The last basket of cards I want to touch upon is the enemy-colored Fast Land cycle. These Kaladesh lands are likely to see play in various degrees across both Pioneer and Modern. Actually, I was at first going to write about Shock Lands since they’re likely the first consideration for Pioneer deck builders. But those lands have been reprinted so many times, whereas the Kaladesh fast-lands have yet to be reprinted. Despite slightly less demand, these have greater upside potential due to their lower supply.

At the Players Tour, deck-builders had to be creative when developing their mana base. A quick browse through the Top 8, and it quickly becomes apparent each player found utility in a different variety of lands. Some maxed out on Shock Lands and supplemented with others, while others preferred lands with more utility, such as Temples and Fabled Passage. I particularly liked Joel Larsson’s Sultai Delirium list for its distribution of lands:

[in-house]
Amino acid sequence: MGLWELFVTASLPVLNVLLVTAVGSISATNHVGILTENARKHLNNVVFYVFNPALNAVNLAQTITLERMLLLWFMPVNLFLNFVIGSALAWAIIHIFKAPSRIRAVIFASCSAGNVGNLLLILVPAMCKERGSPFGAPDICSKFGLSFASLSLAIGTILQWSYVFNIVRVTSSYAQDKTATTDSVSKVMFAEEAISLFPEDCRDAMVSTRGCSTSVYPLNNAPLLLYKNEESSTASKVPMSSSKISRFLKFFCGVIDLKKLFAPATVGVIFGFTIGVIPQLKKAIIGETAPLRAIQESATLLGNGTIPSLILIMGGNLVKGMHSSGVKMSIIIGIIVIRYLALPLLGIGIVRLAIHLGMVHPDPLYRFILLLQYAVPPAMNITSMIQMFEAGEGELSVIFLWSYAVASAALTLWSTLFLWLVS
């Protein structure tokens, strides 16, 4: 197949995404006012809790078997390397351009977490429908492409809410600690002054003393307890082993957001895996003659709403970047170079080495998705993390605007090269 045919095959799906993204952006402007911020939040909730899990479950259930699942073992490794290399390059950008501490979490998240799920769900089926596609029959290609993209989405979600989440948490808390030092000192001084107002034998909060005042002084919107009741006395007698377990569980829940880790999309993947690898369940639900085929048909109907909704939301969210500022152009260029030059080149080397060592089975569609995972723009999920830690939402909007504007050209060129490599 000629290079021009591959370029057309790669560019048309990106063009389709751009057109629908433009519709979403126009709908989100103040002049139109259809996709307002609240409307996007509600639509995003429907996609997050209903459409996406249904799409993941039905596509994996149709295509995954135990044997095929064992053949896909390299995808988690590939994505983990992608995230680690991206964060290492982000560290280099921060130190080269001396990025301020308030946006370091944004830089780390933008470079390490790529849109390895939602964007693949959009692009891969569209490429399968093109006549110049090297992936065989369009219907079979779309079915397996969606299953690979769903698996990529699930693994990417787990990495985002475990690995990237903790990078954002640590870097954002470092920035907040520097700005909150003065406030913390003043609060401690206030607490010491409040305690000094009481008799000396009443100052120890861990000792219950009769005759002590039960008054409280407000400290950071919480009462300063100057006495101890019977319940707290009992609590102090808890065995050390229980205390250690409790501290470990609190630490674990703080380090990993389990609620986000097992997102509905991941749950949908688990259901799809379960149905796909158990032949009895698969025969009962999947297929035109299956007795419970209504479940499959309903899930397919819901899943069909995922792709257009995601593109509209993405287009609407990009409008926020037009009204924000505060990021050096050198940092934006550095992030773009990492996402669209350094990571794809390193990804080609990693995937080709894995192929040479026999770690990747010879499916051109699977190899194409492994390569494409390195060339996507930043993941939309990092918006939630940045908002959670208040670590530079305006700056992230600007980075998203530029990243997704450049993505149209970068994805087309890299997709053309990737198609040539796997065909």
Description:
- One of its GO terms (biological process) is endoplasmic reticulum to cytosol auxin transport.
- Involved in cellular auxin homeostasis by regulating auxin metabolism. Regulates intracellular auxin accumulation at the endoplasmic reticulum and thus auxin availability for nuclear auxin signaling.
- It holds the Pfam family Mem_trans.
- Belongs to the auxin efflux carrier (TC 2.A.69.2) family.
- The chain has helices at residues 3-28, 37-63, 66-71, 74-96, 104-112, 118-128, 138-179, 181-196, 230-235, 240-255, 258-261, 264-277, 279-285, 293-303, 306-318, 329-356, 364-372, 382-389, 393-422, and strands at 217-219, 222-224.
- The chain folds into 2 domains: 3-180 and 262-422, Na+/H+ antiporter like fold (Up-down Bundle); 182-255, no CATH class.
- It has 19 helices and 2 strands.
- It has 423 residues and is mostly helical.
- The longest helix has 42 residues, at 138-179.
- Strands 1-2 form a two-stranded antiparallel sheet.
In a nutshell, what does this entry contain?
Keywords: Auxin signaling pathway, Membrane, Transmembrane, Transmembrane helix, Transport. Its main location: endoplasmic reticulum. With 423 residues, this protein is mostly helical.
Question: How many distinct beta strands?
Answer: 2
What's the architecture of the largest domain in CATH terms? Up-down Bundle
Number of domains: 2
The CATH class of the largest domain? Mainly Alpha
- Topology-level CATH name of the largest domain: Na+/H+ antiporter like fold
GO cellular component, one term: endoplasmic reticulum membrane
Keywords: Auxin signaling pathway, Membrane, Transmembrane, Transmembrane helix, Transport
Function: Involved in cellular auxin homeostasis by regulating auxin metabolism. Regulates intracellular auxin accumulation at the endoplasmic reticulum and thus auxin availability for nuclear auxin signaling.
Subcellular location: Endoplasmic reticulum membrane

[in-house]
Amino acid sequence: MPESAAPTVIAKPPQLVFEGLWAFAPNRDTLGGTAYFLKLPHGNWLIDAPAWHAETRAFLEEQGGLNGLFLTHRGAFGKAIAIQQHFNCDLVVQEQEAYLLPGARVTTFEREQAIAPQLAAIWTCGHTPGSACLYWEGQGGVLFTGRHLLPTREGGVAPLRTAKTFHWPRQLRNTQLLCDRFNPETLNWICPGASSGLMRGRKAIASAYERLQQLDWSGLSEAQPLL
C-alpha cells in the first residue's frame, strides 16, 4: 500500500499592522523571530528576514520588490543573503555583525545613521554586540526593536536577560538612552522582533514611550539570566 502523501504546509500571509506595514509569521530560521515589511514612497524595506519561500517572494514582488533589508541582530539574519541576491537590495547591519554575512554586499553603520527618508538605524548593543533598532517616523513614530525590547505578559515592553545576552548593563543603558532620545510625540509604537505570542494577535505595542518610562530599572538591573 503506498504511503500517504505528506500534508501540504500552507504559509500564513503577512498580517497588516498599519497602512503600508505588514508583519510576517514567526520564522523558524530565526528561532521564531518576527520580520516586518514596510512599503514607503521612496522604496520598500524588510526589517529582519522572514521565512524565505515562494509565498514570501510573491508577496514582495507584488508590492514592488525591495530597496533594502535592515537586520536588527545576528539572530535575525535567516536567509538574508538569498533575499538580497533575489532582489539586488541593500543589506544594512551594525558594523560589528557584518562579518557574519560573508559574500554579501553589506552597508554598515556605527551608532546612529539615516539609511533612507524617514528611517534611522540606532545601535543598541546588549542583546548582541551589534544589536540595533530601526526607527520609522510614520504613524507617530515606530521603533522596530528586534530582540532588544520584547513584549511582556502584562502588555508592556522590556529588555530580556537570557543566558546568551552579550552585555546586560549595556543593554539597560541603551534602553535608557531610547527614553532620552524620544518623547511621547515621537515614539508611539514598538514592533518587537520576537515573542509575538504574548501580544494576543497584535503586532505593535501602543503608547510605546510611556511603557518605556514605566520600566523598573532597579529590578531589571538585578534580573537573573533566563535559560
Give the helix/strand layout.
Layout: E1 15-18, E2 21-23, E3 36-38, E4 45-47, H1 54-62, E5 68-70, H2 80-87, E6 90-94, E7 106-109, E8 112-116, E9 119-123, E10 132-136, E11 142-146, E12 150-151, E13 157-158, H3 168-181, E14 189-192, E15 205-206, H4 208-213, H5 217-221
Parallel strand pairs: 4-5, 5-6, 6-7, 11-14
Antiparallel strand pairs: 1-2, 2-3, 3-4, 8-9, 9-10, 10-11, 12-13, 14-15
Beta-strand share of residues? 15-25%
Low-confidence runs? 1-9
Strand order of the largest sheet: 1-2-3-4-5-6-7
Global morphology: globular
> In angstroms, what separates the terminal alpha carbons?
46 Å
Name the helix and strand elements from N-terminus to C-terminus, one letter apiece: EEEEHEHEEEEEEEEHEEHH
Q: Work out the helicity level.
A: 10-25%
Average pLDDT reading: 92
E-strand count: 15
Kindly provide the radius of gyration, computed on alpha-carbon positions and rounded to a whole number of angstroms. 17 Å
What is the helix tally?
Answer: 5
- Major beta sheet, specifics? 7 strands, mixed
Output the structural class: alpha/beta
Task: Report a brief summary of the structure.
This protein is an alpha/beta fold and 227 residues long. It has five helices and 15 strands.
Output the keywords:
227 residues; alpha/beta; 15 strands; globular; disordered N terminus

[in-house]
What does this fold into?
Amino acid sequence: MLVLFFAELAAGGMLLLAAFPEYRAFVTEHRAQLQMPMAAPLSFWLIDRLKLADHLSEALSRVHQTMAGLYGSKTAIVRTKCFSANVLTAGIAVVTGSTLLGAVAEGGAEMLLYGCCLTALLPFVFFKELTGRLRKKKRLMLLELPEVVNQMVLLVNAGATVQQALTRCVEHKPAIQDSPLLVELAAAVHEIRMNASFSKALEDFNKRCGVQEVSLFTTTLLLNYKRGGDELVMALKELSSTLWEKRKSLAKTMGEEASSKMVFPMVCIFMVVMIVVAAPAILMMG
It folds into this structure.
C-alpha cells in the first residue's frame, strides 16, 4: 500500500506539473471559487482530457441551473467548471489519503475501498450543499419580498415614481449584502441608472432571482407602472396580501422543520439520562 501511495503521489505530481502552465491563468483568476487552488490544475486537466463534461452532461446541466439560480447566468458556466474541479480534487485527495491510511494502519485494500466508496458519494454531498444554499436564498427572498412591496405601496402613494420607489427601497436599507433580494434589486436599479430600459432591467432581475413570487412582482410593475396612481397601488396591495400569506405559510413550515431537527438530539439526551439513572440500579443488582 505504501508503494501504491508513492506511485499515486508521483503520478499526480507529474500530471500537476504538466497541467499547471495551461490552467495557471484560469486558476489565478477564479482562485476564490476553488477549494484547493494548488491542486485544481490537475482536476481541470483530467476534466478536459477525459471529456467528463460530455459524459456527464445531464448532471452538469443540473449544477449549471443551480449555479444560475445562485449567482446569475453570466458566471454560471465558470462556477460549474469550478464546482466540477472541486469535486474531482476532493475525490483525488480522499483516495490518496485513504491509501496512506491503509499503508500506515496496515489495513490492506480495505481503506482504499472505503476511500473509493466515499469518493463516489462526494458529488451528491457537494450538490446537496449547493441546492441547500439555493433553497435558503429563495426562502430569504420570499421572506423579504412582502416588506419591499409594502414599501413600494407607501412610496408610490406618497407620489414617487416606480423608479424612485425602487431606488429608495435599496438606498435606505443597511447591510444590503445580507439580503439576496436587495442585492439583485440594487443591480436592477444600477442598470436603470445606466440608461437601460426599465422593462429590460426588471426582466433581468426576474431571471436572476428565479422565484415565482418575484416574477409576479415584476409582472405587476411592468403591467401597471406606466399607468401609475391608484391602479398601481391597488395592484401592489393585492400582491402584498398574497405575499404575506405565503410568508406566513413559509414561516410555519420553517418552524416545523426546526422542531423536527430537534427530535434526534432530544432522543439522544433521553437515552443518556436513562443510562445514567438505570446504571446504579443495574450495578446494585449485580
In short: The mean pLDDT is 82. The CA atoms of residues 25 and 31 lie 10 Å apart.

Playing three colors in Pioneer is not difficult, but the traditional fetch-shock or fetch-dual approach of Modern and Legacy, respectively, is not available. Between all the mana fixing lands available, there’s no shortage of options. Which lands are most played will vary by metagame, but I believe Kaladesh Fast Lands offer the best balance of playability and print run (single printing) to offer upside in 2020.

Wrapping It Up